The Medjool date has been a tasty favorite throughout history. Prized for their sweetness and versatility, people have gone to great lengths to ensure their survival.

A bit of Medjool Dates History

Our ancestors sure knew a thing or two. Dates have been cultivated by humans for more than 6,000 years, but were introduced to North America in the 1700’s by Spanish missionaries. The origin of Medjool dates, however, is more recent. Medjool dates are indigenous to Morocco, but were brought to Nevada in 1927, where eleven cuttings stood in quarantine for seven long years. Of those original eleven, nine survived, and in 1935 were taken to California where twenty-four offshoots were planted. These unlikely beginnings were the basis of all the Medjool dates that are now planted in the United States – kind of crazy to think about! But if those original date farmers were anything like us here at Naked Dates, their dedication and sheer stubbornness is what ultimately ensured the survival of this most unique and delicious fruit.

Date Farming in America

America’s romance with dates began around the turn of the 20th century, when ‘Agricultural Explorers’ were sent out by the US Department of Agriculture to discover new crops to bring home for domestic production, which is how fruits like avocado and many exotic citrus varieties came to be here. One of the founders of the program, one David Fairchild, was at the time fascinated by Middle Eastern culture, having read stories of Aladdin, Sinbad the Sailor, Ali Baba and his Forty Thieves, and of course One Thousand and One Arabian Nights. He traveled to Baghdad and Algeria, connecting with a friend who studied date farming in the region, and discovered that the growing conditions there were very similar to those of the Mojave Desert of Southern California.

The trouble was, it was nearly impossible to produce a viable date palm from seed. They needed instead an offshoot, or cutting of a parent tree in order to propagate. To compound the complexity of the operation, these offshoots weighed about sixty pounds or more, requiring a lot of labor in order to bring them home. Once the deed was done, however, the dates thrived. Farmers couldn’t get enough, and they eventually had to send over another team to collect more cuttings from Persia, Iraq and other locations in the Persian Gulf. The journey itself was plagued with disaster, but typhoid fever, massive storms at sea and being shot at on a regular basis did not deter the intrepid date-seeking adventurers. Eventually they arrived back home with their cargo intact: seventeen freight cars packed full of offshoots traveled over land to arrive in California, resulting in the first commercial plantings of dates in California. It was 1911.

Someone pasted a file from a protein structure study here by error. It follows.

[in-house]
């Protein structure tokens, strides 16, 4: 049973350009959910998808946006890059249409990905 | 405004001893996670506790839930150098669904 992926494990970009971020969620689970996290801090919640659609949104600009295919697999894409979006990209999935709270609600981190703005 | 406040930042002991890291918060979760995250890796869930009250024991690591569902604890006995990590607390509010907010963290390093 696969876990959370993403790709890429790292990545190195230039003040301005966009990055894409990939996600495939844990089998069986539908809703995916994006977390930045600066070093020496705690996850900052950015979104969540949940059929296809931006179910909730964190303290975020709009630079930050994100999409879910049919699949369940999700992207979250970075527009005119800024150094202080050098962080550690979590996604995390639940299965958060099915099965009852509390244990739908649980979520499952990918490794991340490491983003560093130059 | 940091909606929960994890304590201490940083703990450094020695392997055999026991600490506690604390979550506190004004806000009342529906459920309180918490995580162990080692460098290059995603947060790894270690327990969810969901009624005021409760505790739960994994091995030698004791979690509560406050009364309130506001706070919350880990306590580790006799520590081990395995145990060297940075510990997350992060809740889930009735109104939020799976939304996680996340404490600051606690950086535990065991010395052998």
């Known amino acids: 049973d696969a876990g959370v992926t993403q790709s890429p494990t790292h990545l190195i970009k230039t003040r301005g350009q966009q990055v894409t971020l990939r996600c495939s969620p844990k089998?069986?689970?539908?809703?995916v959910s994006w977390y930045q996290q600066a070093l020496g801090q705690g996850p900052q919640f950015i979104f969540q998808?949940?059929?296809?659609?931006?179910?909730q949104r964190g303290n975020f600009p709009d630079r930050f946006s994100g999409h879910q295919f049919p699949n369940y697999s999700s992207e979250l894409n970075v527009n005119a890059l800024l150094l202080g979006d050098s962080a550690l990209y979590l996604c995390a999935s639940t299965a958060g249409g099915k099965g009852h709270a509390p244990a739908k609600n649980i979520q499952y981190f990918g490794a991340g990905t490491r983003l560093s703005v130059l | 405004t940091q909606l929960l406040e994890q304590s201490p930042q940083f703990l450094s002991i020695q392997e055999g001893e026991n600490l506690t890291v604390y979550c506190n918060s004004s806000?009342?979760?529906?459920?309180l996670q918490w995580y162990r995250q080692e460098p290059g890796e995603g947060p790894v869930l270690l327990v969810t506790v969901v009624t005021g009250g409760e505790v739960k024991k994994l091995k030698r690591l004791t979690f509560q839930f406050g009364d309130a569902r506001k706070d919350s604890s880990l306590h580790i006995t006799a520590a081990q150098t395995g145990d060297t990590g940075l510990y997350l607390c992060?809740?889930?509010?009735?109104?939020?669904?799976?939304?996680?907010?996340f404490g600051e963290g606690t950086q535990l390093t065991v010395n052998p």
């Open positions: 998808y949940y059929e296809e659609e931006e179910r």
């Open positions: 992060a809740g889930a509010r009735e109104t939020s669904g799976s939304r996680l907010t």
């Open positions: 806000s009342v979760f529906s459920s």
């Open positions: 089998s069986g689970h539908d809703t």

America’s Enchantment with the Date

During this time and beyond, America had a strong fascination with Middle Eastern culture. Movies like Cleopatra, The Sheik and The Queen of Sheba were all the rage. Upon the discovery of Tutankhamun’s Tomb and the revelation that he was buried with treasures that included – of all things – preserved dates, demand for the candy-like fruit was on the rise. Savvy date farmers at the time played upon the public interest with Arabian Nights-themed date festivals and exhibits all through the growing area. It wasn’t unusual to be served at an area store by somebody dressed as a genie, or at the very least wearing harem pants or a bolero. With a carnival-like sensibility, some made an attraction out of the hand-pollination of the date palms, encouraging visitors to experience the “Romance and Sex Life of the Date”, in which farmers waved male date palm fronds at the female plants in order to pollinate them.

Nothing Good Comes Easy

You’ve probably heard that phrase – nothing good comes easy. This applies to a lot of things in life, but in the context of date farming the phrase takes on a whole new meaning. It’s really a year-round job, and interestingly enough in this age of technology, we still do most of the farming by hand, including pollination. The process has several stages, beginning with the collection of pollen from the male trees. When the female trees begin to flower, we hand-pollenate them a minimum of three times between February and May each year. Around that time, the tree begins to produce buds, which we will start to thin out in order to encourage even ripening and maturation. Contrary to what you might think, thinning out the dates does not mean that we lose on yields. By dropping fruit, we encourage the remaining buds to grow larger. In the end, the weight of our crop is about the same, but the dates themselves are larger in size. During the time most of the hard work is taking place, the temperatures in the date groves are often higher than 100˚F. Hot stuff, but well worth the effort, we think!

Make Naked Dates Part of Your Family Traditions

Everybody loves dates: those chewy, gooey-sweet morsels that are the epitome of yummy love. If you’d like to learn more about our dates or date products, drop us a line or come for a visit to discover some of the unique date products we only sell through our farm store. We ship our organic Medjool dates anywhere, and they are always a welcome treat at any holiday gathering. Browse our selection or give us a call for special orders. From our family to yours, why not make Naked Dates part of your family tradition.